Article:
The present study measured binding to NETs in human postmortem tissue from psychiatrically characterized subjects using the radioligand [3H]nisoxetine. Furthermore, rather than examining a single cross-section of a brain region, which typically can be complicated by uneven distributions of proteins and/or cell densities, the present study examined radioligand binding along the entire length of the region of interest. The results of this study demonstrate significantly lower amounts of the binding of [3H]nisoxetine to NETs in the LC from subjects diagnosed with major depression compared with age-matched control subjects having no axis I diagnosis at the time of death. The lower [3H]nisoxetine binding in major depressives was restricted to the midcaudal region of the LC. These data imply that the pathophysiology of major depression is characterized, at least in part, by a reduced expression of the NET on noradrenergic neurons of the LC. Because all but two of the major depressives in this study died as a result of suicide, the possibility that differences in [3H]nisoxetine binding to NETs is a result of behaviors other than major depression that contribute to the act of suicide cannot be ruled out at this time.
There is considerable evidence that [3H]nisoxetine binding in the LC as determined in this study represents binding to NETs on noradrenergic neurons. [3H]Nisoxetine has a high affinity for NETs (K D = 0.7 nm) and a low affinity for serotonin transporters (K D > 1 mm) and dopamine transporters (KD > 1 mm) (Tejani-Butt et al., 1990; Tejani-Butt, 1992; Ordway et al., 1997). The regional distribution of [3H]nisoxetine binding sites in rat brain is in close agreement with the distribution of noradrenergic terminals (Tejani-Butt, 1992). In fact, the pharmacological identity of [3H]nisoxetine binding in the human brainstem (LC and raphe nuclei) is characteristic of binding to NETs (Ordway et al., 1997). mRNA encoding the NET is localized solely in noradrenergic cell bodies (Lorang et al., 1994), suggesting that no other neuron or cell type in the brain expresses the NET. A strong correlation between the amount of [3H]nisoxetine binding and the number of neuromelanin-containing cells in the LC found in the present study in both normal control and major depressive subjects is consistent with the contention that [3H]nisoxetine binds to NETs located on soma and/or dendrites of LC neurons. Nevertheless, it should be noted that there are noradrenergic projections to the LC coming from more caudal noradrenergic cell groups (lateral tegmental nuclei) (Foote et al., 1983; Herbert and Saper, 1992; Van Bockstaele and Aston-Jones, 1992). Thus, it cannot be ruled out that at least some NETs measured in the region of the LC may also reside on terminal projections arising from these caudal noradrenergic cells.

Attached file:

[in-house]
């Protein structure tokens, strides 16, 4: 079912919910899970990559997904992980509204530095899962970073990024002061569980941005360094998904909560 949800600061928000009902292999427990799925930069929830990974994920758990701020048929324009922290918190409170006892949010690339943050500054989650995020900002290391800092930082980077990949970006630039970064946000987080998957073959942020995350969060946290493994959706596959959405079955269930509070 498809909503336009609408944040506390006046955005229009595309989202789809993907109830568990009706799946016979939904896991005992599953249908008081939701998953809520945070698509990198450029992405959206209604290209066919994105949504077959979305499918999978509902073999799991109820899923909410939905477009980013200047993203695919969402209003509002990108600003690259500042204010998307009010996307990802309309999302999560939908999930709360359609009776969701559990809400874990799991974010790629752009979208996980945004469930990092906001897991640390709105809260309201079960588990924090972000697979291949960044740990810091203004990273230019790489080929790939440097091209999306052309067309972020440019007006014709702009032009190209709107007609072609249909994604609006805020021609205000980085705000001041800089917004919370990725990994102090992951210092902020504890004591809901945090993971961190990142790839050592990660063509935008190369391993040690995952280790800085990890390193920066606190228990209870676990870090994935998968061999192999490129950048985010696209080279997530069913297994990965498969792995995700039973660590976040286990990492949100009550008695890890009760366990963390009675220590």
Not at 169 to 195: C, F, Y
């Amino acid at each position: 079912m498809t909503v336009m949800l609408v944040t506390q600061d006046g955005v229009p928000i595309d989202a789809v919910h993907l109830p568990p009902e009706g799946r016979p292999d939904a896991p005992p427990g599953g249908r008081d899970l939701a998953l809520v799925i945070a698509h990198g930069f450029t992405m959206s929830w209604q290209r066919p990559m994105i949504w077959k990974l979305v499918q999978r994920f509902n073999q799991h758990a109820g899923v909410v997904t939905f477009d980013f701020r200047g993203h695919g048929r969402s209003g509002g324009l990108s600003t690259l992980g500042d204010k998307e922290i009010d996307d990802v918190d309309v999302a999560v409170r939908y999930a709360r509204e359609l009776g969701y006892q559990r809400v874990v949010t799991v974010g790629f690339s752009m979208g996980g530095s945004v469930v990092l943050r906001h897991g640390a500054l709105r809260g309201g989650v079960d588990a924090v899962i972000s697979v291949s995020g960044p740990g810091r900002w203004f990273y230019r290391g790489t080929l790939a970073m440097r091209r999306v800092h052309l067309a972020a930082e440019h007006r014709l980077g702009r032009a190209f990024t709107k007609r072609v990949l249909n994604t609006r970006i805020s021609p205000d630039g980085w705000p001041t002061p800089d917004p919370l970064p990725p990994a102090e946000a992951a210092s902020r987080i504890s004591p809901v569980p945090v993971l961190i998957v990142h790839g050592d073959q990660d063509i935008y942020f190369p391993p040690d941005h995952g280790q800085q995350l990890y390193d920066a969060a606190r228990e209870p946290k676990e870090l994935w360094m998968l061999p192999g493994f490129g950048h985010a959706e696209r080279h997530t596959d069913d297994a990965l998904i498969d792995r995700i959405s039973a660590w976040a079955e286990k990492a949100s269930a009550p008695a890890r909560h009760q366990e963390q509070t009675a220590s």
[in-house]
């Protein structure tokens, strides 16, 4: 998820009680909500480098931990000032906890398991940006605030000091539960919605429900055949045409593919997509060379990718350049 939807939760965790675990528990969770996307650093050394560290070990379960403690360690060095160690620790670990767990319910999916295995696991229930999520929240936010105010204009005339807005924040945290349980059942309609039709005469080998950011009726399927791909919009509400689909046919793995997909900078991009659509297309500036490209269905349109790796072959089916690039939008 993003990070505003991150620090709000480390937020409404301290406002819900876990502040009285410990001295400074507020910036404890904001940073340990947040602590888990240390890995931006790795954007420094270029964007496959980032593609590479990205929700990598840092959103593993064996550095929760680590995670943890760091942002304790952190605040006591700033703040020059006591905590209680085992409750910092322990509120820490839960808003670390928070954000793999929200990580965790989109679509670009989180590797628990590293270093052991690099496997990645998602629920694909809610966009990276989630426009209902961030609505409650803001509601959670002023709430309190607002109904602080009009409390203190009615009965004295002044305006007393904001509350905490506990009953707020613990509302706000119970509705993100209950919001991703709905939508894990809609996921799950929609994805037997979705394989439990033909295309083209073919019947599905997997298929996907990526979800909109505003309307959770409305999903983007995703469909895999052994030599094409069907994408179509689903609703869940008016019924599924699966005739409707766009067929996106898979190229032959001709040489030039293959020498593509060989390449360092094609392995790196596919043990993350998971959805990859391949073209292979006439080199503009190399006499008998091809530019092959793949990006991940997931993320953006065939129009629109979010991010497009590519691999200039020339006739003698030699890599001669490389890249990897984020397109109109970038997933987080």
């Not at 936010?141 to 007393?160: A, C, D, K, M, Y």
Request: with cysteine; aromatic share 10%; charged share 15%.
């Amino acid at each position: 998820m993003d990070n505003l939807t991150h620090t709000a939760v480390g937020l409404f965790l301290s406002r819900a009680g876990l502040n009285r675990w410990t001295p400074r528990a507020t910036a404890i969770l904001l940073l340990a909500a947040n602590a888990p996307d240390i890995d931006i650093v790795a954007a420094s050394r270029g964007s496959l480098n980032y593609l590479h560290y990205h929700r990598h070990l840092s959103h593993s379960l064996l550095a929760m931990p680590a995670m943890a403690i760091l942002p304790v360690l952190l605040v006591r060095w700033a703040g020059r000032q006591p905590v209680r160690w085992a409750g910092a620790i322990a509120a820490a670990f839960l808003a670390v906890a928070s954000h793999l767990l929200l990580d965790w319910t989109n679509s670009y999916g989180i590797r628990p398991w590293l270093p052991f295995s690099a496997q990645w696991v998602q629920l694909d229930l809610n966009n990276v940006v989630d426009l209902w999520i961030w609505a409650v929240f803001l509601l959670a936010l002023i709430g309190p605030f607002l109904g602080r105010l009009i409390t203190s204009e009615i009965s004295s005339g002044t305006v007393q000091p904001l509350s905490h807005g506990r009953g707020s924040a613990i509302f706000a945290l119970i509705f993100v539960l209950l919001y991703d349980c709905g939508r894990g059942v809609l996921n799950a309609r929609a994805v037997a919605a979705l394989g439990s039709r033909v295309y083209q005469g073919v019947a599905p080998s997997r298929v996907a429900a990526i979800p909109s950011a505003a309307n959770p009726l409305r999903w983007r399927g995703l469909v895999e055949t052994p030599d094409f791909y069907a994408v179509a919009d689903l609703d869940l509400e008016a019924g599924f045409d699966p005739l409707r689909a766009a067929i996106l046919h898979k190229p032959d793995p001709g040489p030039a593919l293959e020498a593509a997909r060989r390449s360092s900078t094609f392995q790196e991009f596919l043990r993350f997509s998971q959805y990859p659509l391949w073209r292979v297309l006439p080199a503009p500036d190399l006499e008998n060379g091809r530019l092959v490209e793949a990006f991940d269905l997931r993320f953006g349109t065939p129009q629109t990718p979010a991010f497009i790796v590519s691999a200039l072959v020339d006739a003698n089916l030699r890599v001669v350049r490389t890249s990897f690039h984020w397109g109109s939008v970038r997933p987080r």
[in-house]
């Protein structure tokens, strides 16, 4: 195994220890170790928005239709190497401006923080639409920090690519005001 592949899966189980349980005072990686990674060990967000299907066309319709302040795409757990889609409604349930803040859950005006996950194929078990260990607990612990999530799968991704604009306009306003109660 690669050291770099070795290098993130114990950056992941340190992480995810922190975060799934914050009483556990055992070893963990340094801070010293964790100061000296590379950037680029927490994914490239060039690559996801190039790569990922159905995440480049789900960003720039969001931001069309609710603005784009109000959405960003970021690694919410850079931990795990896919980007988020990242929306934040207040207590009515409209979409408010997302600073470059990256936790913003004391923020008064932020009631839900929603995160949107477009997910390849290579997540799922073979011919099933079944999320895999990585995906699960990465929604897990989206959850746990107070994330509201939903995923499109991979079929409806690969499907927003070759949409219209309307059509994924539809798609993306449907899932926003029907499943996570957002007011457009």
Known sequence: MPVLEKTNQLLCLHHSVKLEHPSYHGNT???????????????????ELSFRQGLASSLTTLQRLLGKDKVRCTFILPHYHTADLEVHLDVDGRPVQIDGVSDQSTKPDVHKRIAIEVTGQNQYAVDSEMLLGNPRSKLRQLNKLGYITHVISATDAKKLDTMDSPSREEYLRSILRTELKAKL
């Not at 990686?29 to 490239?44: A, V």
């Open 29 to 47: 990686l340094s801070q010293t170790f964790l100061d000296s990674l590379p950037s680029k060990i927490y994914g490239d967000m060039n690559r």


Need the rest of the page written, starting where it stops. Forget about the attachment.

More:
The lower [3H]nisoxetine binding to NETs observed only in the midcaudal region of the LC of major depressives could be interpreted as lower numbers of NETs on a regionally specific set of noradrenergic neurons within the LC. However, a number of other possibilities that could explain the data should be considered. First, the binding of [3H]nisoxetine to NETs was measured at a single radioligand concentration. A change in the affinity (K D) or density (B max) of the binding of [3H]nisoxetine to NETs could underlie a change in binding at a single ligand concentration. However, changes in the affinity of antagonist radioligands for the NET have not been reported for a variety of treatments that change radioligand binding to NETs in rat brain (Lee et al., 1983; Bauer and Tejani-Butt, 1992) or in cell culture (Zhu and Ordway, 1997). The possibility that a reduction in NET binding in major depressives is a result of residual transporter inhibitors in LC tissue is unlikely, because none of the study subjects had an antidepressant drug (except for the possibility of the serotonin transporter-selective antidepressant sertraline; see Materials and Methods) or a drug of abuse (cocaine or amphetamine) in the toxicology screen. Records indicated that four major depressive subjects had antidepressant drug prescriptions within the last 6 months. The possibility that reduced binding to NETs is secondary to an antidepressant-induced downregulation of NETs in these subjects should be considered, given that undetectable levels of antidepressants could result if the subject ceased taking medication days before committing suicide. Arguing against this possibility is the fact that [3H]nisoxetine binding levels in the LC for these four subjects were comparable to those of the other major depressives. Furthermore, although antidepressant drug exposure can downregulate the NET in rats and in cultured cells (Bauer and Tejani-Butt, 1992; Zhu and Ordway, 1997), recovery of NET levels after desipramine-induced downregulation in vitro is rapid (within 2 d; Zhu and Ordway, 1997).